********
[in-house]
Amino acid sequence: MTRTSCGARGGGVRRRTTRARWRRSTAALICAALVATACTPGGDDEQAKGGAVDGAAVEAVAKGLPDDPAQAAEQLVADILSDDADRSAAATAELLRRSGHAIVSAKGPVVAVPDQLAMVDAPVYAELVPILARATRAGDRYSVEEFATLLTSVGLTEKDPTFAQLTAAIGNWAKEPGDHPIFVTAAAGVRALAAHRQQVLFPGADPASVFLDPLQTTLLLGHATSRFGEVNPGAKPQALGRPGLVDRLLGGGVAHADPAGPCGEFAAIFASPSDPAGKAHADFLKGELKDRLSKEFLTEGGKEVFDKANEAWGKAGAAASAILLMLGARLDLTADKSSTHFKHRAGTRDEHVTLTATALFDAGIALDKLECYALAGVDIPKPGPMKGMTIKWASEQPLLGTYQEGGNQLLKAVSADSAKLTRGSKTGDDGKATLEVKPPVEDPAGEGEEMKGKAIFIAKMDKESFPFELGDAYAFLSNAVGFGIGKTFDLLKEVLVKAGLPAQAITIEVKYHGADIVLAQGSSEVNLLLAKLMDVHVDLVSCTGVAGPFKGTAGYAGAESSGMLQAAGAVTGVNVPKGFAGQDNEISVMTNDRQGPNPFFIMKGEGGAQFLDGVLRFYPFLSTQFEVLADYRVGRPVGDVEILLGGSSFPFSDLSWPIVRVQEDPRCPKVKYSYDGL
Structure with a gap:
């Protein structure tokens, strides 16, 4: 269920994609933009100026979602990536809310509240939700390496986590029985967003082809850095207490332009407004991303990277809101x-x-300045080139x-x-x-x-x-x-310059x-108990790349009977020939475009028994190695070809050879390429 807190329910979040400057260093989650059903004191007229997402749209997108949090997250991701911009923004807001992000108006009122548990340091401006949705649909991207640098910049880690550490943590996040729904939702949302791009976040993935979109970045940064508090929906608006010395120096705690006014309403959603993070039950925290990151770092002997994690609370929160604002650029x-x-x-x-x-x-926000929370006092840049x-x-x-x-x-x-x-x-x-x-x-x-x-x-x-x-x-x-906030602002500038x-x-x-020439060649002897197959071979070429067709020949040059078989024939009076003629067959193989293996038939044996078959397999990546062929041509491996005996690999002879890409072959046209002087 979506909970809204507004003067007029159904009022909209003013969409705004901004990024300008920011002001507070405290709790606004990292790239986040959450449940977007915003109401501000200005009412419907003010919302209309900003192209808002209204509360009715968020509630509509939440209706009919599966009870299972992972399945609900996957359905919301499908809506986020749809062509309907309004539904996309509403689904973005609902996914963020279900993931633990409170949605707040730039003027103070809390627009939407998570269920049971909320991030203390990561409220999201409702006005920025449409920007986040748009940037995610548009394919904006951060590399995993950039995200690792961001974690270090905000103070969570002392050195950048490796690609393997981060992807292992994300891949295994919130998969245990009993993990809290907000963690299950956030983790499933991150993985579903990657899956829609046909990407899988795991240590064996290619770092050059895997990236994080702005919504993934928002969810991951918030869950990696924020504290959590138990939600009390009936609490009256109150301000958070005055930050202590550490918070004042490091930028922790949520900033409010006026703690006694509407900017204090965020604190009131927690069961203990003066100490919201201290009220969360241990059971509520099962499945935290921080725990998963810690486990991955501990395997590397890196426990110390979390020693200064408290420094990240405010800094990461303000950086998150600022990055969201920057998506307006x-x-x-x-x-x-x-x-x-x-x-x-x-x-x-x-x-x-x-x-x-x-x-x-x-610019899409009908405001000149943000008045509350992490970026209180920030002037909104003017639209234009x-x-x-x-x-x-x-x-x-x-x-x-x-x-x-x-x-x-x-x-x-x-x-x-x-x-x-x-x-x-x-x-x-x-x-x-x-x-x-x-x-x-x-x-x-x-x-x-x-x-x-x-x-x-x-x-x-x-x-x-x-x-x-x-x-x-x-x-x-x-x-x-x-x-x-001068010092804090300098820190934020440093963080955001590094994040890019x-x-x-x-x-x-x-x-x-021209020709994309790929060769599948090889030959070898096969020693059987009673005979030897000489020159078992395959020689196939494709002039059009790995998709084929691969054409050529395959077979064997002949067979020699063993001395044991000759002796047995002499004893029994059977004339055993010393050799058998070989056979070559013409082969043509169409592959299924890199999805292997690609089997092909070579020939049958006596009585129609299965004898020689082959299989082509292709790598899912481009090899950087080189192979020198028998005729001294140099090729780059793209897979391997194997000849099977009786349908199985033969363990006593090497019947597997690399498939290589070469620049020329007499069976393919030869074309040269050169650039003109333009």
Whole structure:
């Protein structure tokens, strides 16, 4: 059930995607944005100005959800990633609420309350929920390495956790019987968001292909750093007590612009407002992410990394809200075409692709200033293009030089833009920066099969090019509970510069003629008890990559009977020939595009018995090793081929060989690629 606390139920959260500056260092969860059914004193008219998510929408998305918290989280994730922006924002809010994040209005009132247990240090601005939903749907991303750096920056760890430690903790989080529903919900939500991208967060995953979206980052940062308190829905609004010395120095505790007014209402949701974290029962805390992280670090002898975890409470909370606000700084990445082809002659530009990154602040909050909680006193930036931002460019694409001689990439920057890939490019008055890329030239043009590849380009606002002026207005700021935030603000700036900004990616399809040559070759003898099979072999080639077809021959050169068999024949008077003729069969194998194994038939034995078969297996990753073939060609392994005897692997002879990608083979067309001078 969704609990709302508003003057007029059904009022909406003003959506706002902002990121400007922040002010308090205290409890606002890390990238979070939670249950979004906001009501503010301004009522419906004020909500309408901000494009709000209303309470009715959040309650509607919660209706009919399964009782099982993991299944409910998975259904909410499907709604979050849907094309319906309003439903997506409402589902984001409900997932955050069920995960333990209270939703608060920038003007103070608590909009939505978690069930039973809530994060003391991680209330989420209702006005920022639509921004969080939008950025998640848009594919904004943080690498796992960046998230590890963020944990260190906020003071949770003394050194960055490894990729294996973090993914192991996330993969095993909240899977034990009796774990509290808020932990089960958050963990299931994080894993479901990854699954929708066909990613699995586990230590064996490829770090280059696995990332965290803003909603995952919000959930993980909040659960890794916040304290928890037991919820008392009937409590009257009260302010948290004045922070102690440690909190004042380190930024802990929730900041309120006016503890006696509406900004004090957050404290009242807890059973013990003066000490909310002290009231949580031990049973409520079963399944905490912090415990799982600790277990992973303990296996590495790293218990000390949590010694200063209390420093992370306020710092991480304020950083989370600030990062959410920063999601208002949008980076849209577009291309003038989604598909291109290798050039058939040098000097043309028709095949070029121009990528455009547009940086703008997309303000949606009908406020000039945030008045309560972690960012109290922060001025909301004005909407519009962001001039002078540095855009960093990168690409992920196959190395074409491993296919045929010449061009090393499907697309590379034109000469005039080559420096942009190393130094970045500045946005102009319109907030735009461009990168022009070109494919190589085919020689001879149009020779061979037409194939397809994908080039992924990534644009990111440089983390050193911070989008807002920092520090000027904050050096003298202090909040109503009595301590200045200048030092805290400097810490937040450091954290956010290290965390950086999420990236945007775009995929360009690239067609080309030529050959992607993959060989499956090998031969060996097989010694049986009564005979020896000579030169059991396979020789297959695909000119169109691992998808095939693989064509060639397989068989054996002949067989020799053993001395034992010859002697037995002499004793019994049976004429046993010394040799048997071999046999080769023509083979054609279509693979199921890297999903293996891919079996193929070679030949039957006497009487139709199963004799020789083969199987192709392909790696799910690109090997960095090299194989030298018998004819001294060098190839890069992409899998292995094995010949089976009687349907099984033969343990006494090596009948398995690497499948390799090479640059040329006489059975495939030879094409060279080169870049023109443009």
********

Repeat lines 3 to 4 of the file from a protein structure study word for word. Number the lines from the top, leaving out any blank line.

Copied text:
Structure with a gap:
């Protein structure tokens, strides 16, 4: 269920994609933009100026979602990536809310509240939700390496986590029985967003082809850095207490332009407004991303990277809101x-x-300045080139x-x-x-x-x-x-310059x-108990790349009977020939475009028994190695070809050879390429 807190329910979040400057260093989650059903004191007229997402749209997108949090997250991701911009923004807001992000108006009122548990340091401006949705649909991207640098910049880690550490943590996040729904939702949302791009976040993935979109970045940064508090929906608006010395120096705690006014309403959603993070039950925290990151770092002997994690609370929160604002650029x-x-x-x-x-x-926000929370006092840049x-x-x-x-x-x-x-x-x-x-x-x-x-x-x-x-x-x-906030602002500038x-x-x-020439060649002897197959071979070429067709020949040059078989024939009076003629067959193989293996038939044996078959397999990546062929041509491996005996690999002879890409072959046209002087 979506909970809204507004003067007029159904009022909209003013969409705004901004990024300008920011002001507070405290709790606004990292790239986040959450449940977007915003109401501000200005009412419907003010919302209309900003192209808002209204509360009715968020509630509509939440209706009919599966009870299972992972399945609900996957359905919301499908809506986020749809062509309907309004539904996309509403689904973005609902996914963020279900993931633990409170949605707040730039003027103070809390627009939407998570269920049971909320991030203390990561409220999201409702006005920025449409920007986040748009940037995610548009394919904006951060590399995993950039995200690792961001974690270090905000103070969570002392050195950048490796690609393997981060992807292992994300891949295994919130998969245990009993993990809290907000963690299950956030983790499933991150993985579903990657899956829609046909990407899988795991240590064996290619770092050059895997990236994080702005919504993934928002969810991951918030869950990696924020504290959590138990939600009390009936609490009256109150301000958070005055930050202590550490918070004042490091930028922790949520900033409010006026703690006694509407900017204090965020604190009131927690069961203990003066100490919201201290009220969360241990059971509520099962499945935290921080725990998963810690486990991955501990395997590397890196426990110390979390020693200064408290420094990240405010800094990461303000950086998150600022990055969201920057998506307006x-x-x-x-x-x-x-x-x-x-x-x-x-x-x-x-x-x-x-x-x-x-x-x-x-610019899409009908405001000149943000008045509350992490970026209180920030002037909104003017639209234009x-x-x-x-x-x-x-x-x-x-x-x-x-x-x-x-x-x-x-x-x-x-x-x-x-x-x-x-x-x-x-x-x-x-x-x-x-x-x-x-x-x-x-x-x-x-x-x-x-x-x-x-x-x-x-x-x-x-x-x-x-x-x-x-x-x-x-x-x-x-x-x-x-x-x-001068010092804090300098820190934020440093963080955001590094994040890019x-x-x-x-x-x-x-x-x-021209020709994309790929060769599948090889030959070898096969020693059987009673005979030897000489020159078992395959020689196939494709002039059009790995998709084929691969054409050529395959077979064997002949067979020699063993001395044991000759002796047995002499004893029994059977004339055993010393050799058998070989056979070559013409082969043509169409592959299924890199999805292997690609089997092909070579020939049958006596009585129609299965004898020689082959299989082509292709790598899912481009090899950087080189192979020198028998005729001294140099090729780059793209897979391997194997000849099977009786349908199985033969363990006593090497019947597997690399498939290589070469620049020329007499069976393919030869074309040269050169650039003109333009």